A fresh start or a wrong turn?

Nick Clegg has given an in-depth interview to The Independent this morning which is effectively a flyer for the launch of yet another policy initiative; ‘A Fresh Start for Britain’ later today.  This document is expected to the be the basis of discussion at our Autumn conference. The first two paragraphs outline some worrying contradictions; apparently our long-standing commitment to scrap tuition fees is to go along with our commitment to free personal care for the elderly and a higher basic state pension.

I will be genuinely intrigued to see how this equates to the later promised ‘boost for education’. Furthermore, the leadership lost on tuition fees at the Federal Policy Committee so why it is now trying to revive this failed policy shift is beyond me and if we are honest a slightly desperate gambit to not get the answer you want from one body so try, try and try again.

On the face of it Clegg has a compelling point about these being times of ‘austerity’ however, it is precisely in such times that rather than taking a hatchet to things we have to be clear, firm and decisive in speaking the language of priorities.  Thus I find it distressing that, for example, abolishing tuition fees; a key policy plank for anybody committed to the idea of equality of opportunity is not so much a priority as an ‘aspiration’. If, for example, we were to decide, as Clegg should that we need no nuclear arsenal of any kind be it Trident or no this would surely save us some money which could be spent elsewhere. If, we were to withdraw from the counter-productive quagmire that is Afghanistan again surely this would save us money for our ‘aspirations’?

Clegg’s interview descends into some truly awful weasel words;

“Some of these might be retained as policies that we could not honestly place at the forefront of our manifesto because we could not honestly claim they could be delivered in the first few years of the next parliament.

I hope people will understand these are aspirations we will maintain but that, in these completely different circumstances, you can’t carry on promising the same menu of goodies. It is just not plausible.”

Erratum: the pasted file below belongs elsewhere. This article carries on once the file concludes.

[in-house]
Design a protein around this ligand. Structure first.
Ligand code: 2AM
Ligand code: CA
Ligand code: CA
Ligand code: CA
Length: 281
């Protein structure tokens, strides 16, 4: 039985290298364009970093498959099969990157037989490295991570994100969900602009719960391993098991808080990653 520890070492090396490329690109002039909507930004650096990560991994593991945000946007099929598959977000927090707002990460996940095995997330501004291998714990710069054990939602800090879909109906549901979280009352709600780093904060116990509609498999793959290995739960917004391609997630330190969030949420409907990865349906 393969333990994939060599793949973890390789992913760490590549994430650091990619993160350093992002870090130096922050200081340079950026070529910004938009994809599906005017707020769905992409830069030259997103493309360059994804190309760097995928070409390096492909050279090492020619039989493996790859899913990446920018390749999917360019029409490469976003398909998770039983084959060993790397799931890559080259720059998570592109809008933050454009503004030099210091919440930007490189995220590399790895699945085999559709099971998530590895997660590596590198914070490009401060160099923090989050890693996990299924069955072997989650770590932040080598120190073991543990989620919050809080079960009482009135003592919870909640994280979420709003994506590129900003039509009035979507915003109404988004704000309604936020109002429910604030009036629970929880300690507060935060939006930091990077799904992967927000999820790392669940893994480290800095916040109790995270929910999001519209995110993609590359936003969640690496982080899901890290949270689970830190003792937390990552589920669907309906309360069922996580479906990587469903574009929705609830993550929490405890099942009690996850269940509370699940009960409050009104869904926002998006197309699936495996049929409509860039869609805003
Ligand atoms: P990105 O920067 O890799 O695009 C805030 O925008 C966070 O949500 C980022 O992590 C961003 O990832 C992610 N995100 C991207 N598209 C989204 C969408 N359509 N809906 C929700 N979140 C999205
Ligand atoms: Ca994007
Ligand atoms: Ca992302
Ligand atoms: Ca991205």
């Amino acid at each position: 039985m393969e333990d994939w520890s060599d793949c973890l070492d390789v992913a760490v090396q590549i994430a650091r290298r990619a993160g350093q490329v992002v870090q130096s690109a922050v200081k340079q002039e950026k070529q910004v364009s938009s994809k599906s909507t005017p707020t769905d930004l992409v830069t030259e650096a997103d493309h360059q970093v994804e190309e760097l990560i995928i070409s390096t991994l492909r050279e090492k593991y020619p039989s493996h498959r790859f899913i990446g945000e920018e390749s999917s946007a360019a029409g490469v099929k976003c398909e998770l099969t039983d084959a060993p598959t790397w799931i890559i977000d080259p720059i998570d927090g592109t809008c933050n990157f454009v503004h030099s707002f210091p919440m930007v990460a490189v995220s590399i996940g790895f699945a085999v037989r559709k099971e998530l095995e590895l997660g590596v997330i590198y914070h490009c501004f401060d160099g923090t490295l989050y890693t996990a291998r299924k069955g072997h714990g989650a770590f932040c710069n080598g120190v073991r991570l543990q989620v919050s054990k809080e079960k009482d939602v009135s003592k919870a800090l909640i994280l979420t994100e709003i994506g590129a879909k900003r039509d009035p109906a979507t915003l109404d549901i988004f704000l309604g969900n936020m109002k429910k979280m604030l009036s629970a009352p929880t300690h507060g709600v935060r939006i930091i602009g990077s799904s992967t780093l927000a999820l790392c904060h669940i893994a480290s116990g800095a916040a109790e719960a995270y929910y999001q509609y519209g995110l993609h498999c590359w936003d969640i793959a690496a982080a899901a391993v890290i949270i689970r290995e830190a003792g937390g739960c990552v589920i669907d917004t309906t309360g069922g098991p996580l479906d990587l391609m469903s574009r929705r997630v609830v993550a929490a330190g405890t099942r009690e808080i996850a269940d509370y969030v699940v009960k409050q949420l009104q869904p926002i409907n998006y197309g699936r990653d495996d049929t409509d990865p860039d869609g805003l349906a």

A manifesto is a programme of policies for five years of government during which times and policies change so in that sense it is always ‘aspirational’; anybody who is in politics understands this yet Nick seems to want us to conveniently forget it. It might well be my aspiration to land on the moon and I may well say so but that does not mean I will ever do it; in fact, I would say it is the safest bet in the world that I never will. Weaseling around things like our commitment to scrapping tuition fees (and other measures that I note hit the most vulnerable in society and precisely most likely to require assistance) does not make us aspirational but opportunist.

What is more it is a grave tactical blunder; hitting key support demographics at precisely the time we are looking to increase our support base not shrink it or alienate it. We await later with interest….


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About darrellgoodliffe


5 responses to “A fresh start or a wrong turn?”

  1. Joe Otten says :

    Clearly you have a big pot of money in mind that Clegg doesn’t know about.

    The trouble with these key support demographics of which you speak, is that they are too smart not to have noticed the state of the public finances, and therefore wouldn’t believe (rightly) the promises you want to make.


  2. darrellgoodliffe says :


    In all fairness I outlined areas where I felt savings can be made. In any case it is quite clear to me that what The Independent published was not in fact what will happen but what Clegg wants to see himself will happen. As I understand it this Party is still committed to the abolition of tuition fees….


  3. Liberal Neil says :

    I think you have misunderstood the emphasis of what Nick is saying.

    In effect he is saying: “We are keeping these policies because we believe they are right but understand that the state of public finances I such that we might not be able to afford to deliver all of them immediately.”

    I think this is right.

    What would be wrong would be to change policies that we believe to be right in the longer term because of a short term financial problems.


  4. darrellgoodliffe says :


    I don’t think I have. I have already answered that point effectively about the nature and character of a manifesto; being a programme for 5 years of government not something that happens the day-after-tomorrow.

    In such a light I do not feel Clegg is right at all and that most definatly the commitment to abolish tuition fees for example should be maintained as a manifesto commitment.

    On the last point I agree though.


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